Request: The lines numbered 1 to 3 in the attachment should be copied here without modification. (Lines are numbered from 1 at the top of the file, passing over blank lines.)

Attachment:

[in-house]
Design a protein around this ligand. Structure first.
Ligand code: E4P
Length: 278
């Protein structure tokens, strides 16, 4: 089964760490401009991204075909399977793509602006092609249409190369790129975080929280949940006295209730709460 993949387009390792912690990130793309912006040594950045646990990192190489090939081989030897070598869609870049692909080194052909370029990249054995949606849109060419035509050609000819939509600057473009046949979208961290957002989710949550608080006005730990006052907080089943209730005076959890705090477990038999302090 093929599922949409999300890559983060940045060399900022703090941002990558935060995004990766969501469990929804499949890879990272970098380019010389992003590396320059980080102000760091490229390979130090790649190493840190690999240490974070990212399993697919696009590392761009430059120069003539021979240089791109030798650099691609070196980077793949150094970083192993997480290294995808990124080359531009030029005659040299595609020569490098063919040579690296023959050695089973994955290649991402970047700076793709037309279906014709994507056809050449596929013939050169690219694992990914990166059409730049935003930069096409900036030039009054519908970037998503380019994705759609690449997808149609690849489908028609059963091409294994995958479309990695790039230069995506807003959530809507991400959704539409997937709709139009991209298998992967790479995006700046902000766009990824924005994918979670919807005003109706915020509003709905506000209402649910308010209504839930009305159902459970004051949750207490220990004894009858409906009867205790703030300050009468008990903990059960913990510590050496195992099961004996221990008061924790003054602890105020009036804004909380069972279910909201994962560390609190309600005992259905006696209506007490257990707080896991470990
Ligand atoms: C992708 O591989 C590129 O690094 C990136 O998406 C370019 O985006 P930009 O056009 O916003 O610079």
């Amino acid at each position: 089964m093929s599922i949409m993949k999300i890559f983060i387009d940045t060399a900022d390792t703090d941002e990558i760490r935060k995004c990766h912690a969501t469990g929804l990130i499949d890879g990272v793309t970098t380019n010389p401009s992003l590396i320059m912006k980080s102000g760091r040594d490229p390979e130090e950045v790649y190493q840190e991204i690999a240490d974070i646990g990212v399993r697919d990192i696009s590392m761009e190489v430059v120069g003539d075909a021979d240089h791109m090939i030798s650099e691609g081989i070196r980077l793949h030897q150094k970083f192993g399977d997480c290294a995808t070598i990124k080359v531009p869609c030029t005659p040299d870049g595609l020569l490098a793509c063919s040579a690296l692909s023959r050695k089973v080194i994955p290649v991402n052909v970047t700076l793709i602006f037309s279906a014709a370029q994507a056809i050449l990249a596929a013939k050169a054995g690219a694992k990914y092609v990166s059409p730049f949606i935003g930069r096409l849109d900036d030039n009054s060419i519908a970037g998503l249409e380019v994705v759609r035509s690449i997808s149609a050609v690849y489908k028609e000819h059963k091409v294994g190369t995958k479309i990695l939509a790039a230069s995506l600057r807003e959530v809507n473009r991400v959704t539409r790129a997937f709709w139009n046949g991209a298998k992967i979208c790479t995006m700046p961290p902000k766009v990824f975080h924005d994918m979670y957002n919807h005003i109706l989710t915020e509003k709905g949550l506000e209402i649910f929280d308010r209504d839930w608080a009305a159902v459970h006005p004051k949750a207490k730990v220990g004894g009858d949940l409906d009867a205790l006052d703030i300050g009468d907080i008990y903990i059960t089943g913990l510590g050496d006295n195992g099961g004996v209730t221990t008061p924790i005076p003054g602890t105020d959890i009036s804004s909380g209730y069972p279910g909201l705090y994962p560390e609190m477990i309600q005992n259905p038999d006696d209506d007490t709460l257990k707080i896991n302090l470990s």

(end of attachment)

[in-house]
Design a protein around this ligand. Structure first.
Ligand code: E4P